Transilience


Also found in: Medical.

Tran`sil´i`ence


n.1.A leap across or from one thing to another.
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She is the author of Gender Quake: Poems and producer of the forthcoming autobiographical film Transilience. Her research and activist interests include LGBT rights, feminism, racial and economic justice, sex worker rights, fat liberation, and film/media criticism, Joelle is also the director of "TransGender New Hampshire (TG-NH) and the founder and co-chair of the Fat Studies Interest Group and the Transgender Caucus in the National Women's Studies Association (NWSA).]
Transilience, the result of Sheveck's Theory of Unified Field, allows the Hainish planets, no matter how far in time and space, to establish a relation faster than lightspeed and to achieve a mutual understanding and cooperation.
Yet despite her transilience, her work hardly outdoes Weihui's in cosmopolitan scope, for Weihui's perceptions derive from Shanghai's international community, in some ways even less narrowly bounded than the world of Shi Guoying.
The telling of the story by women nourishes or fuels the space ship (or means to the new universe) itself through expanded perceptions of shared narration or "transilience." In a patriarchal society whose belief in science is fostered daily by victories over nature or space or disease, the concept that talking about beliefs makes them true has the same power, according to Barr, as the power of the children's clapping in reviving Tinkerbell.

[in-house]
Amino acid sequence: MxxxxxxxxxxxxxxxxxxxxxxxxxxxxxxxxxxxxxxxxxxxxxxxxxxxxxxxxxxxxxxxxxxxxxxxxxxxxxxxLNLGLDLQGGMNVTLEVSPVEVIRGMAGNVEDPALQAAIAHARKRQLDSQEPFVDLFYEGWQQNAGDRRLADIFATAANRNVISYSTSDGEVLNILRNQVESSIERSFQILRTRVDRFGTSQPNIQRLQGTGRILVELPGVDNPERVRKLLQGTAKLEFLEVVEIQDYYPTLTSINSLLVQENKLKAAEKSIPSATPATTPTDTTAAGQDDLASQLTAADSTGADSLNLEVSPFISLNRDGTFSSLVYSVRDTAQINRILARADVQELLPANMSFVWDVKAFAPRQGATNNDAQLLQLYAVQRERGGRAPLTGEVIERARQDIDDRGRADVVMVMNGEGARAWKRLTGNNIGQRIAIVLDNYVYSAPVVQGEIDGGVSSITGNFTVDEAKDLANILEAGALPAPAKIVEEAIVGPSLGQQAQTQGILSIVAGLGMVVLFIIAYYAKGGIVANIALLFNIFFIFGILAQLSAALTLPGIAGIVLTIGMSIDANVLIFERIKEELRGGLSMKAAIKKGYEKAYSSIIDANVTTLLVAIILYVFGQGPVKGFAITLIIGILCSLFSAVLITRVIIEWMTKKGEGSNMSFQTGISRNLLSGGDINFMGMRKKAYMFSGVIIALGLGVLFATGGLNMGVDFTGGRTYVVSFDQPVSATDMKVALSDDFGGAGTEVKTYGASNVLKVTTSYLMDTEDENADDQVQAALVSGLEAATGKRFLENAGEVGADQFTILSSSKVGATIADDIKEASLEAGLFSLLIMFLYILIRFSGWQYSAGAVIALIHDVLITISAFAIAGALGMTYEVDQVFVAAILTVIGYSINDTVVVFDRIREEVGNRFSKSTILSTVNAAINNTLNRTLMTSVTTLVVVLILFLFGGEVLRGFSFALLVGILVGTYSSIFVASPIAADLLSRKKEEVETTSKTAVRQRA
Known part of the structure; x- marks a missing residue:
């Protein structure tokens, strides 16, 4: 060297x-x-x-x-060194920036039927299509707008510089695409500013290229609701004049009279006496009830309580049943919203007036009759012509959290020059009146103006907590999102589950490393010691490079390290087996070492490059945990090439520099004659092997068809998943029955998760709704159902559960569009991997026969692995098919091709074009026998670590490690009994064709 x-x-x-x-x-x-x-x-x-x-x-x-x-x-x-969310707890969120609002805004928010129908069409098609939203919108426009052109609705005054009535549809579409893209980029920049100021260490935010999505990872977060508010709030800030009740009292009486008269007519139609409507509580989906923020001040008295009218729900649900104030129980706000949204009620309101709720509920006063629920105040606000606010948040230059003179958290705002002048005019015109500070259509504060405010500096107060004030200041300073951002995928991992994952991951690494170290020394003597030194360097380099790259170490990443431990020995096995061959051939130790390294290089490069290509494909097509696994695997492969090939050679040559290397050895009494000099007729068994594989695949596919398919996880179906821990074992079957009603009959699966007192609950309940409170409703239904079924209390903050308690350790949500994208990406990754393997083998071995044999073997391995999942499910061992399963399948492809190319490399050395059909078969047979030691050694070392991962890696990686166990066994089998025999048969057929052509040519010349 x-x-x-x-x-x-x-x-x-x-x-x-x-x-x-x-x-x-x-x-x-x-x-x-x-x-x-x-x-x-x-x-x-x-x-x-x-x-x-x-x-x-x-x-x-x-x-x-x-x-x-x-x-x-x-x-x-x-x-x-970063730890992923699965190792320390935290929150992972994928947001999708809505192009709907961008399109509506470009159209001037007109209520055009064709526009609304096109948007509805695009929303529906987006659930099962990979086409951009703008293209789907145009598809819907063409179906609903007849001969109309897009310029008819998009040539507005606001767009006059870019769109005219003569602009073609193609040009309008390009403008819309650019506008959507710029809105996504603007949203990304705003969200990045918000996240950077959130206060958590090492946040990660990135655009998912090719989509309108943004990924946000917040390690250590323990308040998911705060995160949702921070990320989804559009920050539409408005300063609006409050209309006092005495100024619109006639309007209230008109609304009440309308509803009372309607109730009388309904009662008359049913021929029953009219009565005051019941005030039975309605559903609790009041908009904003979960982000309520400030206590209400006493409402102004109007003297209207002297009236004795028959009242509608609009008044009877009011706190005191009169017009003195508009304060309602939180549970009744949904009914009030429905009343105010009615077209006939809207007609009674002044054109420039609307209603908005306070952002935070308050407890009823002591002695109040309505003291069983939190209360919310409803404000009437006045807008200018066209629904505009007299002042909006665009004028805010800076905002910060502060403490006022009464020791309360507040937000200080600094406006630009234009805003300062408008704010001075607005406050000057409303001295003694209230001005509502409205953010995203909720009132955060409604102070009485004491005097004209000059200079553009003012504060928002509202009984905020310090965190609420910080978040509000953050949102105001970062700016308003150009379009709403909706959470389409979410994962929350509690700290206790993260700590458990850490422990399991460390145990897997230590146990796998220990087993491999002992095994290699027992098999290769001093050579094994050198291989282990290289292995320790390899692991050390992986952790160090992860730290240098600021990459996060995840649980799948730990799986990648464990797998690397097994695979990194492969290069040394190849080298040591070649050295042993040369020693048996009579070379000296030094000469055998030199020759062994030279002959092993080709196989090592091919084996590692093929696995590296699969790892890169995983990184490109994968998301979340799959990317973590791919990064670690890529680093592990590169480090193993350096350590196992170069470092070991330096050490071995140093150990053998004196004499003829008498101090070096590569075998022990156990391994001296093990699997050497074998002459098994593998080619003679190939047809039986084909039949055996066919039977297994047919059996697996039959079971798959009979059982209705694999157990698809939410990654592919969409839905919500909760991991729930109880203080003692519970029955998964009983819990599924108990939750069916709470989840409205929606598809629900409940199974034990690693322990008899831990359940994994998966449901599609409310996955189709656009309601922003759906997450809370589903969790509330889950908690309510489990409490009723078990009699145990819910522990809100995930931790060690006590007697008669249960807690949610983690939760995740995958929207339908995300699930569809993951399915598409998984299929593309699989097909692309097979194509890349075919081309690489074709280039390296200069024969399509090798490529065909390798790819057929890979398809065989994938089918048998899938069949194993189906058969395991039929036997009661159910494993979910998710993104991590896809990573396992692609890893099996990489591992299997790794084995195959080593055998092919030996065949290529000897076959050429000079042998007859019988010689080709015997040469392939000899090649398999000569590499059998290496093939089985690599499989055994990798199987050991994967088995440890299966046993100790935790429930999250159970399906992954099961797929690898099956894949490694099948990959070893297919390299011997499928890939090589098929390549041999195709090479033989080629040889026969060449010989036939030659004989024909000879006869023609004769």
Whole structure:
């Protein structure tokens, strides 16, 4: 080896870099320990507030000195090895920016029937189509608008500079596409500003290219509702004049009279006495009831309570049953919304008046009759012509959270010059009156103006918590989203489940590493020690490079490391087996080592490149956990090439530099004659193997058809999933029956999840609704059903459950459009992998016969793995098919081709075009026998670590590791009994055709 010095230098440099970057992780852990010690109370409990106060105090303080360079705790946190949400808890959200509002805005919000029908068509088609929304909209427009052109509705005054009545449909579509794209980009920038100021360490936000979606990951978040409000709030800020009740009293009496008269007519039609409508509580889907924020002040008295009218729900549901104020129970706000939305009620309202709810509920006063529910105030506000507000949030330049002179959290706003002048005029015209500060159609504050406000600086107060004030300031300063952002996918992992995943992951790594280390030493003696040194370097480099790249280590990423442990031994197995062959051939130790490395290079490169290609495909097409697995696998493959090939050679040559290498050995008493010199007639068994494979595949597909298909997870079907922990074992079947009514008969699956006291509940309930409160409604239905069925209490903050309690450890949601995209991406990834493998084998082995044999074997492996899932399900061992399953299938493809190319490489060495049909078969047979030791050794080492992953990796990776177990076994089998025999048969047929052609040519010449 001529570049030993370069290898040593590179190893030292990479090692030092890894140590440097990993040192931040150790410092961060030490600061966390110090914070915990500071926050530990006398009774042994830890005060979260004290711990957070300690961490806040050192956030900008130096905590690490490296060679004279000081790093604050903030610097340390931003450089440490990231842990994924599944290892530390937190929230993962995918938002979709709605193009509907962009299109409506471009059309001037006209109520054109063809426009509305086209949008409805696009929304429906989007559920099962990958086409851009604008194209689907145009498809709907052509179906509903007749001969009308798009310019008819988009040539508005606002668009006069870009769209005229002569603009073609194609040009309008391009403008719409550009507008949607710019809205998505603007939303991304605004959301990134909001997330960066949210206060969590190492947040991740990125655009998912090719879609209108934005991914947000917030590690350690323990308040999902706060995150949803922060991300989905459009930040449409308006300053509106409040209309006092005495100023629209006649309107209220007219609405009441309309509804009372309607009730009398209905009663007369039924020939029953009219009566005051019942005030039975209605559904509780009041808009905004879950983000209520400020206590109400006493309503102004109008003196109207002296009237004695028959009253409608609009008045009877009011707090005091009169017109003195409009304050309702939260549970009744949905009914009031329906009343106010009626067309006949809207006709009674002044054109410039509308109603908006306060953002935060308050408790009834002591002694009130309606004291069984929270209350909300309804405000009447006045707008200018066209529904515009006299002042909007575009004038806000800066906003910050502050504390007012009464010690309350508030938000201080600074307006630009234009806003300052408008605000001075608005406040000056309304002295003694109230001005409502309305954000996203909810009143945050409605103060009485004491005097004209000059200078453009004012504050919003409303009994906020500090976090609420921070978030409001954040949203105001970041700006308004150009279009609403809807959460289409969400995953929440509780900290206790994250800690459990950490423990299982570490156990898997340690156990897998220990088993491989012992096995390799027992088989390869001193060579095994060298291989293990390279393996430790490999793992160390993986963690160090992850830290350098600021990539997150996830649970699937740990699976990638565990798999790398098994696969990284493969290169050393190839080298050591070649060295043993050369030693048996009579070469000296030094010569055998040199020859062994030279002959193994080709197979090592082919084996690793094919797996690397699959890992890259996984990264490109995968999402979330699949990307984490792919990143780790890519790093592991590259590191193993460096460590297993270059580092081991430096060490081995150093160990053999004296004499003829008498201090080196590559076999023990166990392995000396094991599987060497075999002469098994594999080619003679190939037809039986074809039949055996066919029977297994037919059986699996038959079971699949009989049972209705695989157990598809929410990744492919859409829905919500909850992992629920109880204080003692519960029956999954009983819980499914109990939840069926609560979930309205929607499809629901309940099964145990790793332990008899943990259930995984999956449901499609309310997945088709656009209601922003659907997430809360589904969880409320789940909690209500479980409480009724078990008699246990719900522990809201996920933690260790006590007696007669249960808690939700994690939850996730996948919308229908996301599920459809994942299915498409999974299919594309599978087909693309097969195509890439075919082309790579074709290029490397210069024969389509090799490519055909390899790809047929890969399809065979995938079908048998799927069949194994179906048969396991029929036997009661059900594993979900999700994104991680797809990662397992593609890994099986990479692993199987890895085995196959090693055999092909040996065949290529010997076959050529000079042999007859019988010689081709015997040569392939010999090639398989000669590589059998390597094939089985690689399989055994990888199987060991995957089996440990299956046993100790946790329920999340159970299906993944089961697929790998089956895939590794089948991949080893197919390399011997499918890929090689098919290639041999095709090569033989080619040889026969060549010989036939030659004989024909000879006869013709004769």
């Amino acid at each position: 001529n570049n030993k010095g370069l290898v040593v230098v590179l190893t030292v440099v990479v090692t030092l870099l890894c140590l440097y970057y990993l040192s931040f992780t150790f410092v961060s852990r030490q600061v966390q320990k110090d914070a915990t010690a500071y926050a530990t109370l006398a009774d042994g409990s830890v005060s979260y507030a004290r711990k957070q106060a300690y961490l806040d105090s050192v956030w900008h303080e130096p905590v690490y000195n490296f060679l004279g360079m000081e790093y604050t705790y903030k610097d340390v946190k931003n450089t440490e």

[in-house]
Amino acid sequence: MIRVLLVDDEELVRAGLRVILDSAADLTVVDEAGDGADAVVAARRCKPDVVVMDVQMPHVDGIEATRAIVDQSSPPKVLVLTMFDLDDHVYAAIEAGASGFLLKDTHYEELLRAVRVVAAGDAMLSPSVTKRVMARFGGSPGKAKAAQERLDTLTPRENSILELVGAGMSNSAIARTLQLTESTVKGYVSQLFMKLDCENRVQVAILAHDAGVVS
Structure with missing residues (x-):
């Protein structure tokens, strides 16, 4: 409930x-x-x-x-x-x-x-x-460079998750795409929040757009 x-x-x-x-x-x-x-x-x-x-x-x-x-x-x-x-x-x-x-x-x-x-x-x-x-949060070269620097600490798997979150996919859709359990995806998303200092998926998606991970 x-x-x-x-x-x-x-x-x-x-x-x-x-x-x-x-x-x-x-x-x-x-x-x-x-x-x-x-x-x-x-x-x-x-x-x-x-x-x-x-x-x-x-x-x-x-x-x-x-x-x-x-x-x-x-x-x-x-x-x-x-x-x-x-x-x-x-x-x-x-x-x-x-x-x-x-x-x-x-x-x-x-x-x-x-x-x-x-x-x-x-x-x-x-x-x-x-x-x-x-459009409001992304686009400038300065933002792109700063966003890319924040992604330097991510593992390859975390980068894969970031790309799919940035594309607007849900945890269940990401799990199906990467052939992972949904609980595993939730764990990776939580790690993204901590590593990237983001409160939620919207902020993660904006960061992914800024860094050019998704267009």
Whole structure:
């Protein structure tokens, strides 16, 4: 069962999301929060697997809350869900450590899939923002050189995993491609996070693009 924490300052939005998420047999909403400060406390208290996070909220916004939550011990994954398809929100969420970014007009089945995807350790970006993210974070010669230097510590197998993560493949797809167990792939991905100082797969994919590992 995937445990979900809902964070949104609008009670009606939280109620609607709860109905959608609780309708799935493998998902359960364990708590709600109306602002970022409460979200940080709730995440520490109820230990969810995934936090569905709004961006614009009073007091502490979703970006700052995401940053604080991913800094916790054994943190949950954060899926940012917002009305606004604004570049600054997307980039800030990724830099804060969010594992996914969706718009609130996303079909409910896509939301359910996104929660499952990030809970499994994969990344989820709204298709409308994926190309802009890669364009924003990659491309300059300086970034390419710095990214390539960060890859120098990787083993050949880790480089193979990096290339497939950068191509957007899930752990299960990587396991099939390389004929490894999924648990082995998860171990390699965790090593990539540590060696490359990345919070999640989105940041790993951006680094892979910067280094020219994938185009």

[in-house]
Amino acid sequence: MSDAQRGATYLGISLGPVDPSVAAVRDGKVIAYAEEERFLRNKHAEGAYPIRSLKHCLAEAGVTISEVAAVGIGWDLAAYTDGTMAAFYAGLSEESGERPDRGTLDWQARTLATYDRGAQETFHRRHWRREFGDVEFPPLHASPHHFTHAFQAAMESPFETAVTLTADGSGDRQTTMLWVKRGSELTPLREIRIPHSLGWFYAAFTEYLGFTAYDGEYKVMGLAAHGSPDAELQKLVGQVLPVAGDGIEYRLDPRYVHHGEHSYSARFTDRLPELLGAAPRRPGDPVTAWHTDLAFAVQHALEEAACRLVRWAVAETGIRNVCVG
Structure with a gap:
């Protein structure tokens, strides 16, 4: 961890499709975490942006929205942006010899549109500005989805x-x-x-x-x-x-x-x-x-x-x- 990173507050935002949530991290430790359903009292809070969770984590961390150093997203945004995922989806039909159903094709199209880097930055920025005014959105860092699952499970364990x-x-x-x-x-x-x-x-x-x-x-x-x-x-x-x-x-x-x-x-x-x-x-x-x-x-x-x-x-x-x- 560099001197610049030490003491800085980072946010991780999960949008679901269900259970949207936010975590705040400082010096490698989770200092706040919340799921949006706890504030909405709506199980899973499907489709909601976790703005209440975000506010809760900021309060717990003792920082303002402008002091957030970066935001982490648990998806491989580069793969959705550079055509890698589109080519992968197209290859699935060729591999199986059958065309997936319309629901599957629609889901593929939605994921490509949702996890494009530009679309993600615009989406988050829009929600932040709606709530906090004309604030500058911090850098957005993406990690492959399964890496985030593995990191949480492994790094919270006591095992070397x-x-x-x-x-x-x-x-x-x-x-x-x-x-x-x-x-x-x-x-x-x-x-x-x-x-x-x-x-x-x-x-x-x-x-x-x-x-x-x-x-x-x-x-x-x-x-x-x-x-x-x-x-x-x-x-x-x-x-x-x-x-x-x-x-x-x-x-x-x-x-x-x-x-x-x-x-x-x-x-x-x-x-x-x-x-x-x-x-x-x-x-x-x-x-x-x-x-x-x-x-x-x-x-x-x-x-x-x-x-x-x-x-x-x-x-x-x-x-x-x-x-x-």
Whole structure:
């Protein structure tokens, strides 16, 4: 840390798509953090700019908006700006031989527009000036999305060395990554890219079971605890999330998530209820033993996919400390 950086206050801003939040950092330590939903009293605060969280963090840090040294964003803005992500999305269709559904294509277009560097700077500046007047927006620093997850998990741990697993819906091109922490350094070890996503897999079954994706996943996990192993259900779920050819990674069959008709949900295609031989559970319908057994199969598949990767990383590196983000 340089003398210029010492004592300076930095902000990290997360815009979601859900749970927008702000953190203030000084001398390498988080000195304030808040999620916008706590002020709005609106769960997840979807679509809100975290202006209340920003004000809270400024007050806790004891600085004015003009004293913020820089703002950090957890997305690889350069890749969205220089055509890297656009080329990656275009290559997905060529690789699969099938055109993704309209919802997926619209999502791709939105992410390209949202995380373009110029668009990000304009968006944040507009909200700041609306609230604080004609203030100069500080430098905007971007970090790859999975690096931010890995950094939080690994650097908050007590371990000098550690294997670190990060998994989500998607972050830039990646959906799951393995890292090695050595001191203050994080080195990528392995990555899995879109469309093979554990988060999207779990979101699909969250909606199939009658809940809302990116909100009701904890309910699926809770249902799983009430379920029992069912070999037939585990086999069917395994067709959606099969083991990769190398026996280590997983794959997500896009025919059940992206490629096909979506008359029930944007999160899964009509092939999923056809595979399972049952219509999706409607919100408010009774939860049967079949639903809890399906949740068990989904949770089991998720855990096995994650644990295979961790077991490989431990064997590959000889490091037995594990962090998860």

For example, Wright's shifting balance theory (Wright 1931, 1932) and Templeton's genetic transilience mode of speciation (Templeton 1980, 1981; Carson and Templeton 1984) assume that epistasis exists for loci that affect fitness.
Second, and more important, we assume that speciation results from the accumulation of complementary genes and not from "peak shifts" or "transilience events." In short, here as elsewhere (Orr 1995; Turelli and Orr 1995), we attempt to work out the theoretical consequences of the recent experimental findings in the genetics of speciation - findings that strongly suggest that postzygotic isolation results from the fixation of genes having no deleterious effects on their normal genetic backgrounds.
Epistasis plays a critical role in a variety of theories of evolution and speciation, including Wright's (1978) shifting-balance theory, Schmalhausen's (1949) theory of stabilizing selection, Waddington's (1957) theory of canalization and genetic homeostasis, Mayr's (1963) concept of the unity of the genotype and genetic revolutions at speciation, Carson's (1968, 1982) founder-flush theory of speciation, and Templeton's (1980a,b) theory of genetic transilience. Although these theories are distinct (Carson and Templeton 1984; Barton and Charlesworth 1984), they also share much common ground in that all of them are based on evolution of phenotypes that result from the harmonious interaction of alleles at different loci.
This window of evolutionary opportunity is thought to be very limited (Templeton 1980b; Barton and Charlesworth 1984), although Templeton (1980a) described a series of population structure conditions that enhance the possibility of a genetic transilience while passing through a bottleneck.
A discussion of the distinction of the genetic-revolution model from the alternatives of genetic transilience and founder flush can be found in Carson and Templeton (1984), so only a brief distinction will be presented here.
Under genetic transilience, there is no radical overall reduction in levels of genetic variation in the founding population as in the genetic revolution model, but the initial founder effect can occasionally induce severe allele frequency alterations at one or more of the major loci, including fixation.
It spawned several similar theories with confusing names, including founder-flush speciation, flush-founder speciation, flush-crash speciation, and genetic transilience. The subtle differences among these theories were described by Carson and Templeton (1984) and Provine (1989).